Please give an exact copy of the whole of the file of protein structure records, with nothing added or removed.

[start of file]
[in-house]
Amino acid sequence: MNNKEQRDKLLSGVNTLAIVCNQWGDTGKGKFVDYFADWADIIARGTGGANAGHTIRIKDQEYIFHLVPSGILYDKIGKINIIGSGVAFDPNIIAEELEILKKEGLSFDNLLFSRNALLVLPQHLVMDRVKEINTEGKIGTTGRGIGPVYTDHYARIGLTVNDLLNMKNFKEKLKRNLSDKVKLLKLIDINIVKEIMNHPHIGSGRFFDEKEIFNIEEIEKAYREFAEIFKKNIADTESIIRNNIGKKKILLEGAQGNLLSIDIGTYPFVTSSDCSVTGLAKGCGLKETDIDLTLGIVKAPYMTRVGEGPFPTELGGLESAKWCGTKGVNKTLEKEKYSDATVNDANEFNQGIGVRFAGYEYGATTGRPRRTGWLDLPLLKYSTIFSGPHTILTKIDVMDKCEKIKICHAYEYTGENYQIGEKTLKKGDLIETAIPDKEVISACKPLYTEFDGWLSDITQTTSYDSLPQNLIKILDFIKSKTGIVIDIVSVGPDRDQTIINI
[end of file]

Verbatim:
[in-house]
Amino acid sequence: MNNKEQRDKLLSGVNTLAIVCNQWGDTGKGKFVDYFADWADIIARGTGGANAGHTIRIKDQEYIFHLVPSGILYDKIGKINIIGSGVAFDPNIIAEELEILKKEGLSFDNLLFSRNALLVLPQHLVMDRVKEINTEGKIGTTGRGIGPVYTDHYARIGLTVNDLLNMKNFKEKLKRNLSDKVKLLKLIDINIVKEIMNHPHIGSGRFFDEKEIFNIEEIEKAYREFAEIFKKNIADTESIIRNNIGKKKILLEGAQGNLLSIDIGTYPFVTSSDCSVTGLAKGCGLKETDIDLTLGIVKAPYMTRVGEGPFPTELGGLESAKWCGTKGVNKTLEKEKYSDATVNDANEFNQGIGVRFAGYEYGATTGRPRRTGWLDLPLLKYSTIFSGPHTILTKIDVMDKCEKIKICHAYEYTGENYQIGEKTLKKGDLIETAIPDKEVISACKPLYTEFDGWLSDITQTTSYDSLPQNLIKILDFIKSKTGIVIDIVSVGPDRDQTIINI